He recalled his own hoarse voice trying to reassure Sherlock, to answer the man's unasked questions while the medical team worked over his broken body beside the ambulance. (“It’s me, Lestrade; we’ve found John, and he’s alive; your brother’s already waiting at the hospital; easy now, don’t fight them; be still, Sherlock...”)

He remembered calling raggedly to John's limp form where it curled half-buried beneath the debris; he remembered seeking a response from the doctor, any signal of consciousness, and receiving none. (“John Watson? Doctor Watson? We’ve got you; we’ve got Sherlock. Now give us a sign, John, please...")

He relived the drive to the hospital — at Sherlock’s side, as the paramedics requested, in case the consulting detective roused again and required calming. Lestrade barely blinked as he kept dutiful watch, slumped beneath his own shock blanket, breathing behind his own oxygen mask, but Sherlock never opened his eyes.

The taste of ashes on his tongue, and desperation, and bitter hospital coffee...

Pressing his forehead and fist against the tiled wall, Lestrade sagged into its support as the water washed him clean.


Lestrade would deny it to anyone, of course — including himself — but the woolly jumper felt unexpectedly comfortable. Comforting, even.

The weave possessed enough give that he had hope he wouldn’t stretch it out of all proportion and ruin it for John. And it was form-fitting enough on his frame that he easily could wear his jacket, now clumsily brushed and wiped clean of the worst of the mess, over it.

His search yielded little information. Neither man's mobile appeared to be in their home. The firearm Lestrade repeatedly had taken great pains to overlook was nowhere to be found, but he had no way to know whether this meant that John had anticipated trouble and taken it with him or simply hidden the gun well.

John's laptop proved surprisingly easy to access — Lestrade would have to talk to the doctor about proper security measures when, not if, the opportunity presented itself — but the list of emails recently received showed only the same few addresses over and over again. No last-minute message from an unknown sender, then.

There was no point in bothering with Sherlock's computer. Lestrade knew he'd never get past its multiple layers of encryption.

He had his suspicions about what this morning meant, of course, considering all that had happened recently, but as Sherlock was always telling him, it was unwise to theorize before you had data.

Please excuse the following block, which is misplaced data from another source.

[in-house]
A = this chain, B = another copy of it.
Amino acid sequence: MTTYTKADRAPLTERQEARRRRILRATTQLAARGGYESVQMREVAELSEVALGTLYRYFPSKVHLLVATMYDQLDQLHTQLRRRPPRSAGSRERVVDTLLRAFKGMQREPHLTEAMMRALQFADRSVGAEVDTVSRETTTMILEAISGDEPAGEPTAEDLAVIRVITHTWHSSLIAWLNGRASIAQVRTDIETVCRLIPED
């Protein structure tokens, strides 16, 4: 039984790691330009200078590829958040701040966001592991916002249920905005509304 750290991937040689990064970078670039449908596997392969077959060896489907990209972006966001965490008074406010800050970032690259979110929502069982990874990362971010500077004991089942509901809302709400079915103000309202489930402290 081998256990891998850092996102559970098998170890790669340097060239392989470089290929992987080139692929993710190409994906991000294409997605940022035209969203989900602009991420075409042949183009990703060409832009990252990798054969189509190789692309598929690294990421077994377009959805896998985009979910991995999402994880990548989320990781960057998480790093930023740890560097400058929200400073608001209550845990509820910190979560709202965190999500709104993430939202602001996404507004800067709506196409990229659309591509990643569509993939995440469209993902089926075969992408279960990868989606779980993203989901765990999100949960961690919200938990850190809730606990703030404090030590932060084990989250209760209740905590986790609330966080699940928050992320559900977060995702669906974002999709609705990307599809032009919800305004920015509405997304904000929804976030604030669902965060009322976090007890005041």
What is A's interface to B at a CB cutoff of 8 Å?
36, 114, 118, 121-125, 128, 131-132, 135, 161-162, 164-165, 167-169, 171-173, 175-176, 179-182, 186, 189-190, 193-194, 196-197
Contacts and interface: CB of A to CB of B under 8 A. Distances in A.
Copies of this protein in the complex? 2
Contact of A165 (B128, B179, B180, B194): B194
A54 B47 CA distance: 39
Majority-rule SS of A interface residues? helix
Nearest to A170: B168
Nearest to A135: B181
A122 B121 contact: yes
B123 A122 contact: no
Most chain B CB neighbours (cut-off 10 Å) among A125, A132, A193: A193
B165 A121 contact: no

As he paced the flat, he thought tactically about the doors and fire escape and still-broken windows. When he had satisfied himself that he could find no other immediate clues, he called the Yard and assigned teams to maintain round-the-clock surveillance on the building from every useful angle.

Perhaps they'd be fortunate and learn something new from the stakeout. If nothing else, he would be certain that both Sherlock and John's home and their landlady were safe. Doing something felt infinitely preferable to doing nothing at all.

His mind already back at the hospital, he descended the stairs to find Mrs Hudson, with red-rimmed eyes and stiff upper lip, setting out tea.

"Right, all done? Then take off your trousers and have some tea, Dear."

Lestrade opened his mouth and then shut it, once more befuddled.

"Your knee is showing through the rip in your trouser leg. I can stitch it up for you. It won’t take five minutes." Hands on hips, she pinned him with a look. "And I have scones."

His stomach chose that moment to rumble audibly, reminding him how long it had been since he’d eaten a bite.

“You see? It will do you good. Go on now, you don’t have anything I haven’t seen before,” she urged him, reaching out a hand for his trousers. Then, in a stage whisper, “Though, granted, yours is no doubt far more attractive.”

Choking back laughter that could all too easily become hysterical, Lestrade did as he was told. She was a force of nature, this one.

Moments later he found himself on her sofa in his boxer shorts and the borrowed jumper, drinking wonderful tea that was neither too strong nor too weak and devouring homemade scones. As Mrs Hudson mended his trousers, he explained the surveillance plans for the building and the ways she could alert his team to anything she noticed out of the ordinary. He added her personal number to his mobile and drew out his card to leave with her.

He struggled against and ultimately surrendered to a monstrous yawn.

“Is there anyone I can ring for you? To let them know you’re all right?” she asked.

“I’ve already contacted the Yard, but I appreciate the thought.”

“I meant anyone... personal?” She looked meaningfully at the ring on his hand.

It could still catch him off guard, the sudden choking sorrow, and his feeble resistance was no match for it this morning. He shook his head, swallowing around it, staring into his teacup. “Not anymore. I buried her a few years ago,” he said at last. With a shrug, he flexed his abused fingers. “Just wasn’t ready to give up being her husband, I suppose. Silly, yeah?”

“No, not silly. Quite beautiful, actually,” she said after a moment. “I'm truly sorry, Dear.”